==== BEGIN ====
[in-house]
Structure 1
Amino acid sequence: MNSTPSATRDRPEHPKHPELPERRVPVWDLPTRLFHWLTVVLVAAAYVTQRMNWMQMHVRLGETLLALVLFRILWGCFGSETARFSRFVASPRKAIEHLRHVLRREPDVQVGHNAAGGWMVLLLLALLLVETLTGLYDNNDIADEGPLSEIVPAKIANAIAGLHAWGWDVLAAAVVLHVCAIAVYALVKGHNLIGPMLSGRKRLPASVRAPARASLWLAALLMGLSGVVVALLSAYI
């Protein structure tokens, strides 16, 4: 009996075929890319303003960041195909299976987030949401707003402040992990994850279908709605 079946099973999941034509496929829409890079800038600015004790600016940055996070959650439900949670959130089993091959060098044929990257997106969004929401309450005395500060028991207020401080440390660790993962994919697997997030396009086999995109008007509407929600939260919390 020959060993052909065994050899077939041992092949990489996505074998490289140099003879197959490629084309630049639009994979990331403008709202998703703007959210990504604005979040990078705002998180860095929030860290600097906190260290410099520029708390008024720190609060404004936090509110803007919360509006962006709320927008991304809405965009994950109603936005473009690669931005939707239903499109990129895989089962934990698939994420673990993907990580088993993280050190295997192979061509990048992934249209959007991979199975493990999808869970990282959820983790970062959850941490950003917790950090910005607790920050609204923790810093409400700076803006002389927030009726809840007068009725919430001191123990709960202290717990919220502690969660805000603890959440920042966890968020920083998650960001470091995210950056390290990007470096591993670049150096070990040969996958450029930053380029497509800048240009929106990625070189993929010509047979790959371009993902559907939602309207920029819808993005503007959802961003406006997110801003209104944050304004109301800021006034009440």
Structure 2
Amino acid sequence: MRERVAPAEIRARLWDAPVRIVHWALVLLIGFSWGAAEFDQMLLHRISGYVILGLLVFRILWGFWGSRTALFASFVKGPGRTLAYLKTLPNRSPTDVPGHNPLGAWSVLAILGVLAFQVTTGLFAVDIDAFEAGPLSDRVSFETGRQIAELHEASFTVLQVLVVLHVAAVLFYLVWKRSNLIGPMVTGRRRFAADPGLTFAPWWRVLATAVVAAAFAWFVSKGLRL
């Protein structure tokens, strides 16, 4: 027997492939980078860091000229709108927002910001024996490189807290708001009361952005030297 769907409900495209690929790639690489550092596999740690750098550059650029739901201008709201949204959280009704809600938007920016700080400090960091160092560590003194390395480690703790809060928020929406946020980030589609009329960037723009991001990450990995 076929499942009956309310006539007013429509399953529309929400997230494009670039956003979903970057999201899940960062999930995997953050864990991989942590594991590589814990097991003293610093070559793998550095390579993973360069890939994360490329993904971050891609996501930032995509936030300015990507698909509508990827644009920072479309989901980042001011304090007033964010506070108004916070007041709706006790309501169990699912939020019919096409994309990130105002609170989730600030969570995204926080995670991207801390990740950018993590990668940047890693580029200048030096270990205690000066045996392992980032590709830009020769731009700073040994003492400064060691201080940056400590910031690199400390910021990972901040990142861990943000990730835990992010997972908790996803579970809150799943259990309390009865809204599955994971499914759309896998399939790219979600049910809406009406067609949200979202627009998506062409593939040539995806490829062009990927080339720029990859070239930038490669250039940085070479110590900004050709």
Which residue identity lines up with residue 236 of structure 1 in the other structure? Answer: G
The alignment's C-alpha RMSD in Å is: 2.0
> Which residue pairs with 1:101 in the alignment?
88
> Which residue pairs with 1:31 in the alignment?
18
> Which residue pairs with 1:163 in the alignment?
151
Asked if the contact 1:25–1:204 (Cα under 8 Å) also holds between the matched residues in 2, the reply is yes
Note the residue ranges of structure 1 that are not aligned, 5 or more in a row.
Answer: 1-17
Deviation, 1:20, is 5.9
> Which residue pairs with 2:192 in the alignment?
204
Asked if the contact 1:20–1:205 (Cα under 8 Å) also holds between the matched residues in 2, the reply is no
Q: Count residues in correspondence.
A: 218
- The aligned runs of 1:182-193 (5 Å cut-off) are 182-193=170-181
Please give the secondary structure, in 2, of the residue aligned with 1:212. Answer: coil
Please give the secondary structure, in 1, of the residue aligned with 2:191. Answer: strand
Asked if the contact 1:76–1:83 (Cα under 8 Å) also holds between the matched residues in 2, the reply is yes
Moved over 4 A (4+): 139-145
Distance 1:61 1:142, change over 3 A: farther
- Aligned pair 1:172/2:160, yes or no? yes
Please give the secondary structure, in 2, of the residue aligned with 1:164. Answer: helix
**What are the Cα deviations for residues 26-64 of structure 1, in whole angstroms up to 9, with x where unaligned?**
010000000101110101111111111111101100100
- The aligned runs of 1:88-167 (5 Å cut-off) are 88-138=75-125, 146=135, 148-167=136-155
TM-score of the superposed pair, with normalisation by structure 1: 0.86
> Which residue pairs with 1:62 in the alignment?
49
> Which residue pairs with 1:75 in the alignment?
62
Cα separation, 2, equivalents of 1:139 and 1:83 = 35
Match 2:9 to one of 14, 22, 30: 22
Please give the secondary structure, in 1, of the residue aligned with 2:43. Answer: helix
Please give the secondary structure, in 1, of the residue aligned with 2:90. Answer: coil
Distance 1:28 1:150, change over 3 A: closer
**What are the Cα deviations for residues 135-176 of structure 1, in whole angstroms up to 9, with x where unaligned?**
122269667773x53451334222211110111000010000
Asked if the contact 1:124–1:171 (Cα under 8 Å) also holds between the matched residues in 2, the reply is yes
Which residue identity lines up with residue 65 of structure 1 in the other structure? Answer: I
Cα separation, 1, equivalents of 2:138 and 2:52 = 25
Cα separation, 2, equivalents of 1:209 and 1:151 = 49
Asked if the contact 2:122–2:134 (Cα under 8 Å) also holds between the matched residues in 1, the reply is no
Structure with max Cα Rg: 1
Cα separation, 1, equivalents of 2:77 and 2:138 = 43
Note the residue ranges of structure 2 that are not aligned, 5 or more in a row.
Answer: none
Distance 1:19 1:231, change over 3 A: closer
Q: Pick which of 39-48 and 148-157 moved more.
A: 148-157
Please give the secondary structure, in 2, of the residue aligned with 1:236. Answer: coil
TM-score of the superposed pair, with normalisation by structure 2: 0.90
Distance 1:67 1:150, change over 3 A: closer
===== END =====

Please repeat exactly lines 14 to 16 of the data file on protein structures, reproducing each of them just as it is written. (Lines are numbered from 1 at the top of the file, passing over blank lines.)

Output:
> Which residue pairs with 1:163 in the alignment?
151
Asked if the contact 1:25–1:204 (Cα under 8 Å) also holds between the matched residues in 2, the reply is yes